Morristown, N.J. (December 18, 2017) – A CSE education has been transformational in the lives of four international religious Sisters. These women, of several different Catholic orders, left their native countries to pursue degrees at CSE that will enhance their ability to serve those in need.
Through the International Sisters Program at CSE, religious Sisters are encouraged to apply for admission at a special tuition rate and, if accepted, may request housing from the Sisters of Charity at the Motherhouse adjacent to campus.
The Sisters currently in the program are: Sister Marie-Prudencia Ahanonu, '19, of Nigeria; Sister Cesilia Martinez-Zoto, '18, originally of El Salvador; Sister Anna Loan Nguyen, '18, of Vietnam; and Sister Maria Tram Phan, '17, of Vietnam.
"The plan is to take everything I'm learning here to develop my country," says Sister Ahanonu.
Both Sister Ahanonu and Sister Martinez-Zoto recognized that their CSE education will help them be more efficient and effective in their efforts in their home countries. As a member of the Holy Family Sisters of the Needy, Sister Ahanonu works directly with orphans, unwed mothers and those with disabilities. She's double majoring in both health administration and psychology to better under the physical and mental needs of her patients.
"In Nigeria, the planning and management of health is quite different than in the U.S.," says Sister Ahanonu. "I've seen the difference between my ideology before, and after my education here. I now know the failures in the communication system that exist between orphanages, hospitals and clinics and know how to improve them."
Ideally, Sister Ahanonu will continue to earn her master's in health administration and set up her own clinic to benefit children when she returns to Nigeria.
After studying psychology at CSE, Sister Martinez-Zoto also recognizes the value a CSE education will make in her efforts to assist orphans, abandoned youth and the elderly in Guatemala.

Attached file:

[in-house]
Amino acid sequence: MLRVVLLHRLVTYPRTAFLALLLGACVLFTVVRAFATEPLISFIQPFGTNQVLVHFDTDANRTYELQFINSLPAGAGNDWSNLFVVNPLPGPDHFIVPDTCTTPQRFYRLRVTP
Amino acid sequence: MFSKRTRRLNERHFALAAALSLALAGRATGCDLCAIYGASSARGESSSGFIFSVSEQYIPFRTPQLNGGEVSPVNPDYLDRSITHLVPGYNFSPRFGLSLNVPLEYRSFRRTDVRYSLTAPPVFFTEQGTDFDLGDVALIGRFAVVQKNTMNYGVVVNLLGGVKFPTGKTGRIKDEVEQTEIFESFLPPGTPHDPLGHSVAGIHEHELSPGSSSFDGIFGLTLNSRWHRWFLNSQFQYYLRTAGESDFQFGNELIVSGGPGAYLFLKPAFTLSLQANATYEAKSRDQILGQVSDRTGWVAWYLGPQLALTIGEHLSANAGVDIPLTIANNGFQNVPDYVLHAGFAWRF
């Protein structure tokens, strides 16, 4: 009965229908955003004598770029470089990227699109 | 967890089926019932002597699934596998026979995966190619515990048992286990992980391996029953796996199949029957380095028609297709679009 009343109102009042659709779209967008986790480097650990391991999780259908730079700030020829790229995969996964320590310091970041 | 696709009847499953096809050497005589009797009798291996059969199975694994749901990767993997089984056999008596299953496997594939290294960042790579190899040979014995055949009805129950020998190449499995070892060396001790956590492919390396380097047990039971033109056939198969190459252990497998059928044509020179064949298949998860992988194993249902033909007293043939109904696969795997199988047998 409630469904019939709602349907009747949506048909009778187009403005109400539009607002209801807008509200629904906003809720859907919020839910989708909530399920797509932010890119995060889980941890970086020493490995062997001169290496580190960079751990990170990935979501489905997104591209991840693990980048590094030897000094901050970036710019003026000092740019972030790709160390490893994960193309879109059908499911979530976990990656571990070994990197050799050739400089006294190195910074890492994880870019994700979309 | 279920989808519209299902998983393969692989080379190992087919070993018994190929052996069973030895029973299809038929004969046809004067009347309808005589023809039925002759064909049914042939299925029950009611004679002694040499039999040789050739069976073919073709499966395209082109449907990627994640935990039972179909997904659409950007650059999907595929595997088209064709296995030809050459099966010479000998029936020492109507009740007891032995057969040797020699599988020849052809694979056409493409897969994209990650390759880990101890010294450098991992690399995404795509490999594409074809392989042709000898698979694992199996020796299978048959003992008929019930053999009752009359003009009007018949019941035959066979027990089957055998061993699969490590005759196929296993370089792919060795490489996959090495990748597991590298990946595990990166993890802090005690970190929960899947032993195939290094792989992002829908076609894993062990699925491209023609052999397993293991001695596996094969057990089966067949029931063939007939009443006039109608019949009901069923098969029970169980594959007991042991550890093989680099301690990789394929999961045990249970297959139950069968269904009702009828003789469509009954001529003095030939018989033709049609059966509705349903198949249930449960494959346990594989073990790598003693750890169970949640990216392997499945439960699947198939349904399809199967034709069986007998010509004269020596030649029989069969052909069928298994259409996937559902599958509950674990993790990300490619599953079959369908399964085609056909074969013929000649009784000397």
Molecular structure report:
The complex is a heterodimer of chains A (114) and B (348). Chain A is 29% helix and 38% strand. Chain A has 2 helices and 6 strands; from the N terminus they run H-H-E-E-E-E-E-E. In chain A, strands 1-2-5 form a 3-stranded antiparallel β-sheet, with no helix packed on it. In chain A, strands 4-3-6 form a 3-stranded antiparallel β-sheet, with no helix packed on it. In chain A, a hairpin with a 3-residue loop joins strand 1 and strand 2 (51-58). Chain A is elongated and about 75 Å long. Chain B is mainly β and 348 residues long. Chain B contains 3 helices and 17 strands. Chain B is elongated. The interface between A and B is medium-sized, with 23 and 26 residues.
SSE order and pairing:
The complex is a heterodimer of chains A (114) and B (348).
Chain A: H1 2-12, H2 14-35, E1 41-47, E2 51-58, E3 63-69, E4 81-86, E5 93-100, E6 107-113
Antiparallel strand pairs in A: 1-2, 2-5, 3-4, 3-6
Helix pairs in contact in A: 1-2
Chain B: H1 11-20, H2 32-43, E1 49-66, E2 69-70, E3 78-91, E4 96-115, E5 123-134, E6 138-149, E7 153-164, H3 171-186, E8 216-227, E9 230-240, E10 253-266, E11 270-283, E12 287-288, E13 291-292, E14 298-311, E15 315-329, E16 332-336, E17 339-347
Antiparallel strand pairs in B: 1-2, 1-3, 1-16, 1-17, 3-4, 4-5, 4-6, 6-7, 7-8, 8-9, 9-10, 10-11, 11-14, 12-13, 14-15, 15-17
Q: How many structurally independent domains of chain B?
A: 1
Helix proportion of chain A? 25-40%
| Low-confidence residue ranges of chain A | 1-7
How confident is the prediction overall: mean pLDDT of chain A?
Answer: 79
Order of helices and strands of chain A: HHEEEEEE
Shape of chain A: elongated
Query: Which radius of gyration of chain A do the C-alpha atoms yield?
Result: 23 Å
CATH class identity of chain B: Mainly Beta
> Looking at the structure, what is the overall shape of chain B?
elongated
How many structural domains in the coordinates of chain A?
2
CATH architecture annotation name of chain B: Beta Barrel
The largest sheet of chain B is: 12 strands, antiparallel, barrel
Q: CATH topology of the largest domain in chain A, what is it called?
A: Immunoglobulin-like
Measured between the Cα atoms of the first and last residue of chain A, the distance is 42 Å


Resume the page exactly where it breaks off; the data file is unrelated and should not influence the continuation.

"When you don't have the knowledge, you can make mistakes by treating people improperly," says Sister Martinez-Zoto. "Studying abnormal psychology really helped me. When you are able to realize what specific behaviors actually mean, then you can look for better treatment options."
Her newfound knowledge of psychology enabled her to analyze the errors made in Guatemalan orphanages and attain the skills necessary to rectify them. Sister Martinez-Zoto ultimately hopes to earn her master's in psychology and use her education to work as a psychologist in a Guatemalan school or orphanage.
While Sister Ahanonu and Sister Martinez-Zoto both intend to improve specific functions within orphanages, schools or clinics, Sister Phan and Sister Nguyen have a broader mission: simply to serve the people of Vietnam.
Prior to studying at CSE, Sister Phan worked as a kindergarten teacher in Vietnam. However, her Superior, in the Daughters of Our Lady of Visitation, told her, "Go get your education because it will help you further your mission."
Shortly after, she applied to CSE's theology program and began learning how to deepen her relationship with God and further her ability to connect with people who don't identify as Catholic.
"I don't talk about God when I meet non-Catholics," says Sister Phan. "I talk about my life, how we serve, the way we love and allow people to see God through our actions."
Sister Phan believes that strengthening her understanding of theology will better equip her for spreading the message of Christ and establishing a common ground with all people. After graduating with her bachelor's, Sister Phan hopes to earn her master's in theology before returning to Vietnam.
Sister Nguyen, a member of The Love of The Holy Cross, also intends on using her CSE degree to foster relationships with the disadvantaged in Vietnam. She believes her sociology degree will be instrumental in preparing her to serve the poor in the countryside and encourage young females to join a religious vocation.
"I will teach the people how to interact with other people, not just within the same community, but different communities and cultures," says Sister Nguyen. "We have to treat all people the same because all people are the image of God and deserve dignity."
She believes that encouraging young women to join religious life will help empower them and strengthen a community dedicated to serving the poor.
All four Sisters will graduate from the College of Saint Elizabeth with the knowledge to make real, lasting changes in their native countries. Their degrees are helping them physically save lives, bring comfort to the mentally anguished, guide the spiritually broken, and above all, spread the message of Christ.